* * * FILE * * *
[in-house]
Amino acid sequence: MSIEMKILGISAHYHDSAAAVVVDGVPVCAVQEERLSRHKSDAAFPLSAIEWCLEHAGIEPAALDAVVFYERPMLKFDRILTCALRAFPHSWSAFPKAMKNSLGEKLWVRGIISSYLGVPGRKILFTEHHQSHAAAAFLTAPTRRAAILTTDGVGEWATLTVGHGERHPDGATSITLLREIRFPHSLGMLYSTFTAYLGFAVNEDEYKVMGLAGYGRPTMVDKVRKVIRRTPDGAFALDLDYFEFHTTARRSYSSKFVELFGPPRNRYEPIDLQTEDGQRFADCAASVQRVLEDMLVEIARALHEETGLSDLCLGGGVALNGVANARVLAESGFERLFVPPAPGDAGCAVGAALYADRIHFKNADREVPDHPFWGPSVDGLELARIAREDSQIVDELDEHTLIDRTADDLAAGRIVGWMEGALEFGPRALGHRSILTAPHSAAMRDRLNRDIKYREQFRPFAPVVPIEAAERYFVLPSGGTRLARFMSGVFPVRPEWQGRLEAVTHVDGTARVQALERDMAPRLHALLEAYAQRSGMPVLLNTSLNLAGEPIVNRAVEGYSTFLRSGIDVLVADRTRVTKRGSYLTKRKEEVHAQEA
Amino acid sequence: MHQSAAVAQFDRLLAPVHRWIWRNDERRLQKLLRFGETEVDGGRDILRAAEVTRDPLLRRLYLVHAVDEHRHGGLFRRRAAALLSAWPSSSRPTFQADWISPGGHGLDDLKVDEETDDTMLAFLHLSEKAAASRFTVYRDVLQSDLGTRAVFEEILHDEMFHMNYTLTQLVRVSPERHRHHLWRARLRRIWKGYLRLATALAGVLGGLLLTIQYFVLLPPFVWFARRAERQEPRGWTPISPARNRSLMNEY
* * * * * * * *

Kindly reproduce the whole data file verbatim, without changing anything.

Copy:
[in-house]
Amino acid sequence: MSIEMKILGISAHYHDSAAAVVVDGVPVCAVQEERLSRHKSDAAFPLSAIEWCLEHAGIEPAALDAVVFYERPMLKFDRILTCALRAFPHSWSAFPKAMKNSLGEKLWVRGIISSYLGVPGRKILFTEHHQSHAAAAFLTAPTRRAAILTTDGVGEWATLTVGHGERHPDGATSITLLREIRFPHSLGMLYSTFTAYLGFAVNEDEYKVMGLAGYGRPTMVDKVRKVIRRTPDGAFALDLDYFEFHTTARRSYSSKFVELFGPPRNRYEPIDLQTEDGQRFADCAASVQRVLEDMLVEIARALHEETGLSDLCLGGGVALNGVANARVLAESGFERLFVPPAPGDAGCAVGAALYADRIHFKNADREVPDHPFWGPSVDGLELARIAREDSQIVDELDEHTLIDRTADDLAAGRIVGWMEGALEFGPRALGHRSILTAPHSAAMRDRLNRDIKYREQFRPFAPVVPIEAAERYFVLPSGGTRLARFMSGVFPVRPEWQGRLEAVTHVDGTARVQALERDMAPRLHALLEAYAQRSGMPVLLNTSLNLAGEPIVNRAVEGYSTFLRSGIDVLVADRTRVTKRGSYLTKRKEEVHAQEA
Amino acid sequence: MHQSAAVAQFDRLLAPVHRWIWRNDERRLQKLLRFGETEVDGGRDILRAAEVTRDPLLRRLYLVHAVDEHRHGGLFRRRAAALLSAWPSSSRPTFQADWISPGGHGLDDLKVDEETDDTMLAFLHLSEKAAASRFTVYRDVLQSDLGTRAVFEEILHDEMFHMNYTLTQLVRVSPERHRHHLWRARLRRIWKGYLRLATALAGVLGGLLLTIQYFVLLPPFVWFARRAERQEPRGWTPISPARNRSLMNEY